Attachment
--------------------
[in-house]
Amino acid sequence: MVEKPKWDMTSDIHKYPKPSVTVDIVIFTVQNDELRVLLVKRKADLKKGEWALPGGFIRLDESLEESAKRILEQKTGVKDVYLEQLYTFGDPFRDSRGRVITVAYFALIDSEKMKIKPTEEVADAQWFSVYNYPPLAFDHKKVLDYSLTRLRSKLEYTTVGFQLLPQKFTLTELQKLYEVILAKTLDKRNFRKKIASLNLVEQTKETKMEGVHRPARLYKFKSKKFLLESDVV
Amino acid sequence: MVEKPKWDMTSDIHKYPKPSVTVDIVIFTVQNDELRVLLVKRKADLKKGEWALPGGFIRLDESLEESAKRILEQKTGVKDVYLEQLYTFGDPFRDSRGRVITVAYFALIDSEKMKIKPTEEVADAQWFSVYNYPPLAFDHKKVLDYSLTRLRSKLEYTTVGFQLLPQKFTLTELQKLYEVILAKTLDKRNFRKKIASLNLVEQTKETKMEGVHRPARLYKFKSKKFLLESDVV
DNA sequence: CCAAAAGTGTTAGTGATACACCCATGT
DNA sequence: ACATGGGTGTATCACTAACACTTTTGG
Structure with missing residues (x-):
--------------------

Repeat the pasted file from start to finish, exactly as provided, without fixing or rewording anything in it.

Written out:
[in-house]
Amino acid sequence: MVEKPKWDMTSDIHKYPKPSVTVDIVIFTVQNDELRVLLVKRKADLKKGEWALPGGFIRLDESLEESAKRILEQKTGVKDVYLEQLYTFGDPFRDSRGRVITVAYFALIDSEKMKIKPTEEVADAQWFSVYNYPPLAFDHKKVLDYSLTRLRSKLEYTTVGFQLLPQKFTLTELQKLYEVILAKTLDKRNFRKKIASLNLVEQTKETKMEGVHRPARLYKFKSKKFLLESDVV
Amino acid sequence: MVEKPKWDMTSDIHKYPKPSVTVDIVIFTVQNDELRVLLVKRKADLKKGEWALPGGFIRLDESLEESAKRILEQKTGVKDVYLEQLYTFGDPFRDSRGRVITVAYFALIDSEKMKIKPTEEVADAQWFSVYNYPPLAFDHKKVLDYSLTRLRSKLEYTTVGFQLLPQKFTLTELQKLYEVILAKTLDKRNFRKKIASLNLVEQTKETKMEGVHRPARLYKFKSKKFLLESDVV
DNA sequence: CCAAAAGTGTTAGTGATACACCCATGT
DNA sequence: ACATGGGTGTATCACTAACACTTTTGG
Structure with missing residues (x-):